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Alana Tukuniu

Alana Tukuniu is a part-time farmer in the Pacific (© Alana Tukuniu)
Alana Tukuniu is a part-time farmer in the Pacific
© Alana Tukuniu

Agriculture: more than an occupation

Alana Tukuniu is a part-time farmer in the small Pacific island state of Niue. The perspective below is an edited version of her essay which won first prize in a competition organised by the Pacific Agricultural and Forestry Policy Network (PAFPNet). Alana offers her views and advice to young people wanting to start an agricultural enterprise in the Pacific region.

Agriculture is not an occupation that comes with a desk, PC and a comfortable chair. No, agriculture is so much better than this. It comes with a connection - to our ancestors, to the earth, and most importantly and too often overlooked, to the very core of human survival - eating. Humans can survive without a laptop, but we cannot survive without food.

What is my advice to a young person wanting to start up their own agricultural enterprise? Do not think of farming only as a money earner. Agriculture is much more than this, and it's this understanding that will help young farmers through the tough times. We now live in a cash economy, and we need income, but as a farmer you are contributing so much more. Agriculture is instrumental in keeping our culture alive, in addressing climate change issues, health issues and in preserving the environment.

My day always starts with feeding my chickens, and ends with a trip to my plantation. There, I am often faced with depleted crops, victims of the hungry mouths of caterpillars and snails, or struggling due to a nutrient deficiency, yet still I continue to grow crops. I have experienced the monetary rewards that come with a successful harvest, and I have experienced the frustrations of a failed crop. This is why my advice is to not look at farming for its financial returns alone, but to also understand the importance of agriculture to culture, environment and health.

Our culture is expressed through many things, including our traditional foods. They are at the heart of our cultural festivities, such as haircutting ceremonies or the opening of the yam season. I cannot imagine boxes of KFC hanging on the kafika [a tree] as gifts to those who have supported us, or McDonald burgers replacing the puaka [pig] as the centrepiece on the table. Our crops are the staples in our umu [underground oven]; it is unthinkable that they could be replaced by New Zealand-grown potatoes. Food is a cultural link, and growing it locally supports our culture as well as our environment. It's these thoughts which keep me growing.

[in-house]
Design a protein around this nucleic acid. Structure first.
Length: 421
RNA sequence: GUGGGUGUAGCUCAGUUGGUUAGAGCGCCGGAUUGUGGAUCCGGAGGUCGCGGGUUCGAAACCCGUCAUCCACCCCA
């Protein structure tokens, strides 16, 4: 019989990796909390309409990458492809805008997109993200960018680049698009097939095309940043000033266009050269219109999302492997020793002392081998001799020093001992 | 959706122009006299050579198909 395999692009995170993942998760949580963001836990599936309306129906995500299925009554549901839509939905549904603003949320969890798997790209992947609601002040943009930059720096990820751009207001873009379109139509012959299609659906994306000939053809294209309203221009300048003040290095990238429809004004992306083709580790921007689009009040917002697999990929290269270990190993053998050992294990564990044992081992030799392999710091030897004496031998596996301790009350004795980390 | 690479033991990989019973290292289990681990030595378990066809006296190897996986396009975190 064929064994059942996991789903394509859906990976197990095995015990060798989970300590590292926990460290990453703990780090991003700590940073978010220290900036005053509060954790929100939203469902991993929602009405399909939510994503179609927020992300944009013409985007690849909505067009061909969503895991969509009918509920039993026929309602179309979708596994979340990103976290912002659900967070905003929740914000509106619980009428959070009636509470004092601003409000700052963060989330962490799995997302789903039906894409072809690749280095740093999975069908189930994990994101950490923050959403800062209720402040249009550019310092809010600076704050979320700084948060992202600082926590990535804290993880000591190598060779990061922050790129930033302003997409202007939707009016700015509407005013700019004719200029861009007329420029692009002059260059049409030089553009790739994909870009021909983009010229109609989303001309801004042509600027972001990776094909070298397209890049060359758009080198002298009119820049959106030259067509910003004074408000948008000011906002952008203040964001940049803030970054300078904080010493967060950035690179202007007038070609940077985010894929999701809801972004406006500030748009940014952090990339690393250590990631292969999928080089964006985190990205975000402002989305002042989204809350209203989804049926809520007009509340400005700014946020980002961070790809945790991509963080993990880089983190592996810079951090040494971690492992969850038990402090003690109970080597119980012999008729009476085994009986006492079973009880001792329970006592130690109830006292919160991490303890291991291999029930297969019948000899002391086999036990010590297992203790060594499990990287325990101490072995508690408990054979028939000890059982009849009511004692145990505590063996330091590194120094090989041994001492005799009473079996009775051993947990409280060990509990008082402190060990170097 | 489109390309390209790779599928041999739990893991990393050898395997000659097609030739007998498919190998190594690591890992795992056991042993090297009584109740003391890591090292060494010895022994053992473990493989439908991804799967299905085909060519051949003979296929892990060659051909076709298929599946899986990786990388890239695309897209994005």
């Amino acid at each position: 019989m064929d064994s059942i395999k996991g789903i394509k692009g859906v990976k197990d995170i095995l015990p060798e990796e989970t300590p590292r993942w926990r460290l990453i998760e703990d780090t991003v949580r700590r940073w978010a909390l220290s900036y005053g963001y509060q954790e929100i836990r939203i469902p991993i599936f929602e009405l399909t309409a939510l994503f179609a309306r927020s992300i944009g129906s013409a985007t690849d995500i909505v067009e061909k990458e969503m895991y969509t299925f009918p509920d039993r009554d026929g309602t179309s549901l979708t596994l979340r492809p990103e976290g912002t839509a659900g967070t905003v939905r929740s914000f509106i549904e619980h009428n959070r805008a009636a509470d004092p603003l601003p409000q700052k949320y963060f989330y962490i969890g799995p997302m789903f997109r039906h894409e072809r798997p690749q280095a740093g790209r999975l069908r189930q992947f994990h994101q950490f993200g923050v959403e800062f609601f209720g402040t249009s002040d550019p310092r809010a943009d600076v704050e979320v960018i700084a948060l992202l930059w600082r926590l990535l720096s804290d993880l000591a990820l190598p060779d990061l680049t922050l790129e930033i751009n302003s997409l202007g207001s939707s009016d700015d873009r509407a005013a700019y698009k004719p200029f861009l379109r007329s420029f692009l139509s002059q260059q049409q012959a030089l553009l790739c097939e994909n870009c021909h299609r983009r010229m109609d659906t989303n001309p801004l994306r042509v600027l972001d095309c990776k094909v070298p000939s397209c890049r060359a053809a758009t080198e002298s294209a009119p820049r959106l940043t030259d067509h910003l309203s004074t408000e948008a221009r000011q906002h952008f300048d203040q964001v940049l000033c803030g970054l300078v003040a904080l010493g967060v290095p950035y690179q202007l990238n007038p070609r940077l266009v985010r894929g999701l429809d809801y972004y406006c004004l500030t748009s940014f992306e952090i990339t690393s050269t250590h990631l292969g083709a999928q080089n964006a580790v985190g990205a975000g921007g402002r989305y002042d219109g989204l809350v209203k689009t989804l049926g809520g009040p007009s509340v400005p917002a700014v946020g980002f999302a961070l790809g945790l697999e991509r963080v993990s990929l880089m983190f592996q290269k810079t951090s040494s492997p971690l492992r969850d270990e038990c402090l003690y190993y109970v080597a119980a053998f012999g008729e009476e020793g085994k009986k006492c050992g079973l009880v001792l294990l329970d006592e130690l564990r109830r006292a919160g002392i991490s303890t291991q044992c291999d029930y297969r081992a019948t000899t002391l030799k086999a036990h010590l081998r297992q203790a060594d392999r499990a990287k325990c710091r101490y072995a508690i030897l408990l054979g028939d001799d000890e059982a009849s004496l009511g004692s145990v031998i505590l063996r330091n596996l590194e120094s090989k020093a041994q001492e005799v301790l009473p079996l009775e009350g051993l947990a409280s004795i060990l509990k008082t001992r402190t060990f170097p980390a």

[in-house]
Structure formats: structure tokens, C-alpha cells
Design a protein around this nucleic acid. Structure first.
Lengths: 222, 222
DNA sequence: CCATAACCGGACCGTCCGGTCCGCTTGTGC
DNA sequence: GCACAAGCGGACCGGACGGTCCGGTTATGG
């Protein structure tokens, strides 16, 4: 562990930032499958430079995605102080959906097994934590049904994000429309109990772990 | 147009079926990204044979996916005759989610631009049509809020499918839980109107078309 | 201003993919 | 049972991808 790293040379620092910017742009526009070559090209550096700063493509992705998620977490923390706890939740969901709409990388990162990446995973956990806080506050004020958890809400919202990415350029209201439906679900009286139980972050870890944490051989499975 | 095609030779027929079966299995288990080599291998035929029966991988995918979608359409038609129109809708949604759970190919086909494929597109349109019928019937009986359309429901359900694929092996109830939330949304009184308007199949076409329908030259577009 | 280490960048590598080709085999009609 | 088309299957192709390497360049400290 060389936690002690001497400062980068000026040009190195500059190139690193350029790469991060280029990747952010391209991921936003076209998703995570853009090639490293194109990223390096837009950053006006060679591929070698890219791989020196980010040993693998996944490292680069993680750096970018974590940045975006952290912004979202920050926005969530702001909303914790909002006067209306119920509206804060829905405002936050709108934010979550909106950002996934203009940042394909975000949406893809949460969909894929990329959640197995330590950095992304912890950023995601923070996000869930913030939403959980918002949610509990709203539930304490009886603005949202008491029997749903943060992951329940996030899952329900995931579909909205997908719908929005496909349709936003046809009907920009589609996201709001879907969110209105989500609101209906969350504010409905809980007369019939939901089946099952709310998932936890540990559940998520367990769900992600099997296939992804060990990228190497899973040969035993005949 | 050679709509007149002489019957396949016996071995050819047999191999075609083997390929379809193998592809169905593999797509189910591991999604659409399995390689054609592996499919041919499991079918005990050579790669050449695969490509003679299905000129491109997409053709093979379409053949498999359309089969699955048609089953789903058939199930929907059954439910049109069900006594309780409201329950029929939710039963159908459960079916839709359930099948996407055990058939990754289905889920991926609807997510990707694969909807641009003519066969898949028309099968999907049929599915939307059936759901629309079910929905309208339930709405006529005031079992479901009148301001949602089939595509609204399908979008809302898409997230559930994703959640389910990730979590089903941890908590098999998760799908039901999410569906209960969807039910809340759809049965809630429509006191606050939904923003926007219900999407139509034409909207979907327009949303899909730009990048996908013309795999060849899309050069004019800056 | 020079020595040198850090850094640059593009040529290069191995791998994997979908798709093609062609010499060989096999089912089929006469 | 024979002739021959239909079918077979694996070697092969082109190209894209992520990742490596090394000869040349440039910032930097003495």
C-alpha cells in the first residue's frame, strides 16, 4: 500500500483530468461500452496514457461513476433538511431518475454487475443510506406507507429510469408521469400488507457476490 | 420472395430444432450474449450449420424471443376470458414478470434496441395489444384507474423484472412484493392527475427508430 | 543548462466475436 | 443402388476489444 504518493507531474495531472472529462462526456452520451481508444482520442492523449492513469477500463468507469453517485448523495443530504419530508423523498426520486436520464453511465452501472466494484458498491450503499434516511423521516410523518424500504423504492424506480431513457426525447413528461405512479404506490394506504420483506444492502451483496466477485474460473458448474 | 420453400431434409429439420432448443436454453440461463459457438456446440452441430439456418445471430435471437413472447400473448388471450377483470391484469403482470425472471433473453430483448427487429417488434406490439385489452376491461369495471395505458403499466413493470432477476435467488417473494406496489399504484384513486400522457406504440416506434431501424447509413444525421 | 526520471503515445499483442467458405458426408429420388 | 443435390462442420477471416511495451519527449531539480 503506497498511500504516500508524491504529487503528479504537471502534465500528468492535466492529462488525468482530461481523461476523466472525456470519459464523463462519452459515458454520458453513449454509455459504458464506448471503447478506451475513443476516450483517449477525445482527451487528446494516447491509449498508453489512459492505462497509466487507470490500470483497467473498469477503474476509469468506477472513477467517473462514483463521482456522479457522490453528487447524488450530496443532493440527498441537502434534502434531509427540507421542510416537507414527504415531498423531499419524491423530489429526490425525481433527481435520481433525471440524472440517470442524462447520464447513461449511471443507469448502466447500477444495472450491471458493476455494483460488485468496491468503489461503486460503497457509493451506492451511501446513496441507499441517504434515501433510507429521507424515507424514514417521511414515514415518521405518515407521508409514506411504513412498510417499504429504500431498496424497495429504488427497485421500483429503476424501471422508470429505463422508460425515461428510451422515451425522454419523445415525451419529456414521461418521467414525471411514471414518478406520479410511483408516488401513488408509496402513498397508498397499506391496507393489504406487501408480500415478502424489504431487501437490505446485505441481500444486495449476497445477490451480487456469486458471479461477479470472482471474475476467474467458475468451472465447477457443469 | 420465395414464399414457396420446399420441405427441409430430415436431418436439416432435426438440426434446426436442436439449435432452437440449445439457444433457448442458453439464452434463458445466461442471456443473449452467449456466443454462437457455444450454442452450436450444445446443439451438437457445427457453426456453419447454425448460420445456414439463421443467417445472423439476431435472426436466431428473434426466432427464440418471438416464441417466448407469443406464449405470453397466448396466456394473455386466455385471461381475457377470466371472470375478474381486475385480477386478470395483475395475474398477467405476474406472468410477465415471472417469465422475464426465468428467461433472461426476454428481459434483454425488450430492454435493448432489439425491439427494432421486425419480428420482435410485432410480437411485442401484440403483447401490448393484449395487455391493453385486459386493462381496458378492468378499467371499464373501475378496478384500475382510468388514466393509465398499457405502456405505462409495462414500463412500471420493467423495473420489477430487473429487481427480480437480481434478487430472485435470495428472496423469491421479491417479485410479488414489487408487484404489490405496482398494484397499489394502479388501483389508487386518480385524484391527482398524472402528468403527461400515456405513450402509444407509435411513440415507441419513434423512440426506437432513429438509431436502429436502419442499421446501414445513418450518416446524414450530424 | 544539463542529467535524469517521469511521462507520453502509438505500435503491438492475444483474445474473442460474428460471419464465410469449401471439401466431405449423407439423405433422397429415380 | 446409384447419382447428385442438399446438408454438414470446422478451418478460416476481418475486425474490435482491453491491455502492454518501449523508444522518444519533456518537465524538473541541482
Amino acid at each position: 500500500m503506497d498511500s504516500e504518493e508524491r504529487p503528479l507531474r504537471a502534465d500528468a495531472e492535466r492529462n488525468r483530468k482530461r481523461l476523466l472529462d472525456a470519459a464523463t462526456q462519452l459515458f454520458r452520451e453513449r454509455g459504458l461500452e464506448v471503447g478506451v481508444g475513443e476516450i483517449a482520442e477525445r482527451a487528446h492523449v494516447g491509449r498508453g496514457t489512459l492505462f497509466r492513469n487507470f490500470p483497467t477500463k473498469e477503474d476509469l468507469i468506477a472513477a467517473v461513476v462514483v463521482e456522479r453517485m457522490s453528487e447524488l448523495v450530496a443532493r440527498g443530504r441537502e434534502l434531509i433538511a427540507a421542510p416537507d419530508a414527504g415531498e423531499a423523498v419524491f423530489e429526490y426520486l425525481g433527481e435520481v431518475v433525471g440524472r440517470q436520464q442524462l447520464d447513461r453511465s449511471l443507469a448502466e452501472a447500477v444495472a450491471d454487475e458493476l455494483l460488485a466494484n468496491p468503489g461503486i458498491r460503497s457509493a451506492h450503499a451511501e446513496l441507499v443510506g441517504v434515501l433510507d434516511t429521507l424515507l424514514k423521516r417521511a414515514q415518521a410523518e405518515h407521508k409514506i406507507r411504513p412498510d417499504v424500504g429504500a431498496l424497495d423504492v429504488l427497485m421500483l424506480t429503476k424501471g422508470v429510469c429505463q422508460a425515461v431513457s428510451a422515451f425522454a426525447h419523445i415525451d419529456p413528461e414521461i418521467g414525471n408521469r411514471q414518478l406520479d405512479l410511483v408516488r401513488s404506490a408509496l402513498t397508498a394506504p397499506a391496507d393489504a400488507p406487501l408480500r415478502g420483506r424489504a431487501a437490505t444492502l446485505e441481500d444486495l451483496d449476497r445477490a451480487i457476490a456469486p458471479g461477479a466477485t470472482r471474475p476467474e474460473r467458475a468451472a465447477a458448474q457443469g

As young people, we are becoming more aware of the effects of climate change. This is our future, and we need to protect it. When we grow food for our communities we are addressing climate change, through the reduction in imports amongst other things. We are also addressing health issues, because eating local food is much better for us than eating imported processed food. It's these thoughts which keep me growing.

Remember - support is available. The agricultural ministries are there to support farmers - so let your local ministry know that you want to be involved in farming programmes that they run. At the very least they may be able to help with an input starter kit that enables you to start a small enterprise. Talk to your youth council members so that they can lobby for youth involvement in agriculture/business venture programmes at higher levels of dialogue.

We can also look to our own community for support, and to our history. Our forefathers did not need cash to produce food. Seeds were shared among families, and this practice is continued today. Most people in our communities raise pigs, and this is a free source of fertiliser. To begin a farming venture, you only need to ask for the little things that will enable you to begin your venture. In our communities there is always someone willing to help you. Agriculture is a pathway to reclaim and conserve our heritage - sometimes we need to look to the past so that we can sustainably move forward. It's these thoughts which keep me growing.

The most effective support will always be ourselves, as individuals and together as a community. Because in the end it is our future, and our culture which we need to preserve. The future is not in ten years, it is tomorrow, when we wake up and look in our cupboards and ask ourselves what are we going to eat today - instant noodles or puaka and taro? It's these thoughts that keep me growing.

Being a farmer is like being a famous musician - you work hard, but no one knows how hard you truly worked except yourself. Making the decision to engage in agriculture is an affirmative decision for our culture, our environment and ourselves.

Edited by Anne Moorhead

Date published: September 2011

 

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Well done Alana Tukuniu. I am writing from Australia where ... (posted by: lloyd Crothers)

 

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